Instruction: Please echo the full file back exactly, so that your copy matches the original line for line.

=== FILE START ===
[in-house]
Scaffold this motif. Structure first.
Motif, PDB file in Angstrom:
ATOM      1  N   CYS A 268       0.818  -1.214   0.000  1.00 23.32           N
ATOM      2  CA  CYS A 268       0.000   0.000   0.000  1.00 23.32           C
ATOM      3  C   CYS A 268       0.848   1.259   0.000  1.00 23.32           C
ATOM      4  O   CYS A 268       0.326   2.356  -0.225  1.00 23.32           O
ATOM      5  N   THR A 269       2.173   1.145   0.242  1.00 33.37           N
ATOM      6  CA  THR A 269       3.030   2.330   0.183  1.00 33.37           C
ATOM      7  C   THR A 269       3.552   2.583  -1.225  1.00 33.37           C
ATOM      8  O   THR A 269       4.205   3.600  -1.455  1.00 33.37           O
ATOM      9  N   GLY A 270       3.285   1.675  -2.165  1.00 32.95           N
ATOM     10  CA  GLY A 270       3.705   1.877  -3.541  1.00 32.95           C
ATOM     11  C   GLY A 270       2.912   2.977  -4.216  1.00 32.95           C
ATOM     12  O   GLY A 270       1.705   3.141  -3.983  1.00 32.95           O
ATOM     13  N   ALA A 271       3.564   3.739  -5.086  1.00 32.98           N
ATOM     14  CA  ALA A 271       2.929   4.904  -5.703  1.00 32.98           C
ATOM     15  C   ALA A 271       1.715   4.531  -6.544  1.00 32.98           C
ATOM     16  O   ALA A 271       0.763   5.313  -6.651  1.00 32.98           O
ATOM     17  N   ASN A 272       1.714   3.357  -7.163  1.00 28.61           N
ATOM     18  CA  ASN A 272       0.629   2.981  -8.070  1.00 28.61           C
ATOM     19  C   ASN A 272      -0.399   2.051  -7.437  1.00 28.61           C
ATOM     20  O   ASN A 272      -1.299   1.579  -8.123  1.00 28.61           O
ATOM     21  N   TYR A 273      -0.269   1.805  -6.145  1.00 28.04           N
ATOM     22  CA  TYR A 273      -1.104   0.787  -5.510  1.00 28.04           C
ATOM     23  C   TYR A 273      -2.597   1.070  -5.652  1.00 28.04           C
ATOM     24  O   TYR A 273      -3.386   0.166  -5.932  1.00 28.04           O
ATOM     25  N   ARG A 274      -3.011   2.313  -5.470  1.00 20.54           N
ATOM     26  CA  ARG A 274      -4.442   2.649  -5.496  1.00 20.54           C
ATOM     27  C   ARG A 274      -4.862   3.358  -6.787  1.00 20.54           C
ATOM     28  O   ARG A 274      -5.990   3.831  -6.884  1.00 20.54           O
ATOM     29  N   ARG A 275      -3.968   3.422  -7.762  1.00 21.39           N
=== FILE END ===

[in-house]
Scaffold this motif. Structure first.
Motif, PDB file in Angstrom:
ATOM      1  N   CYS A 268       0.818  -1.214   0.000  1.00 23.32           N
ATOM      2  CA  CYS A 268       0.000   0.000   0.000  1.00 23.32           C
ATOM      3  C   CYS A 268       0.848   1.259   0.000  1.00 23.32           C
ATOM      4  O   CYS A 268       0.326   2.356  -0.225  1.00 23.32           O
ATOM      5  N   THR A 269       2.173   1.145   0.242  1.00 33.37           N
ATOM      6  CA  THR A 269       3.030   2.330   0.183  1.00 33.37           C
ATOM      7  C   THR A 269       3.552   2.583  -1.225  1.00 33.37           C
ATOM      8  O   THR A 269       4.205   3.600  -1.455  1.00 33.37           O
ATOM      9  N   GLY A 270       3.285   1.675  -2.165  1.00 32.95           N
ATOM     10  CA  GLY A 270       3.705   1.877  -3.541  1.00 32.95           C
ATOM     11  C   GLY A 270       2.912   2.977  -4.216  1.00 32.95           C
ATOM     12  O   GLY A 270       1.705   3.141  -3.983  1.00 32.95           O
ATOM     13  N   ALA A 271       3.564   3.739  -5.086  1.00 32.98           N
ATOM     14  CA  ALA A 271       2.929   4.904  -5.703  1.00 32.98           C
ATOM     15  C   ALA A 271       1.715   4.531  -6.544  1.00 32.98           C
ATOM     16  O   ALA A 271       0.763   5.313  -6.651  1.00 32.98           O
ATOM     17  N   ASN A 272       1.714   3.357  -7.163  1.00 28.61           N
ATOM     18  CA  ASN A 272       0.629   2.981  -8.070  1.00 28.61           C
ATOM     19  C   ASN A 272      -0.399   2.051  -7.437  1.00 28.61           C
ATOM     20  O   ASN A 272      -1.299   1.579  -8.123  1.00 28.61           O
ATOM     21  N   TYR A 273      -0.269   1.805  -6.145  1.00 28.04           N
ATOM     22  CA  TYR A 273      -1.104   0.787  -5.510  1.00 28.04           C
ATOM     23  C   TYR A 273      -2.597   1.070  -5.652  1.00 28.04           C
ATOM     24  O   TYR A 273      -3.386   0.166  -5.932  1.00 28.04           O
ATOM     25  N   ARG A 274      -3.011   2.313  -5.470  1.00 20.54           N
ATOM     26  CA  ARG A 274      -4.442   2.649  -5.496  1.00 20.54           C
ATOM     27  C   ARG A 274      -4.862   3.358  -6.787  1.00 20.54           C
ATOM     28  O   ARG A 274      -5.990   3.831  -6.884  1.00 20.54           O
ATOM     29  N   ARG A 275      -3.968   3.422  -7.762  1.00 21.39           N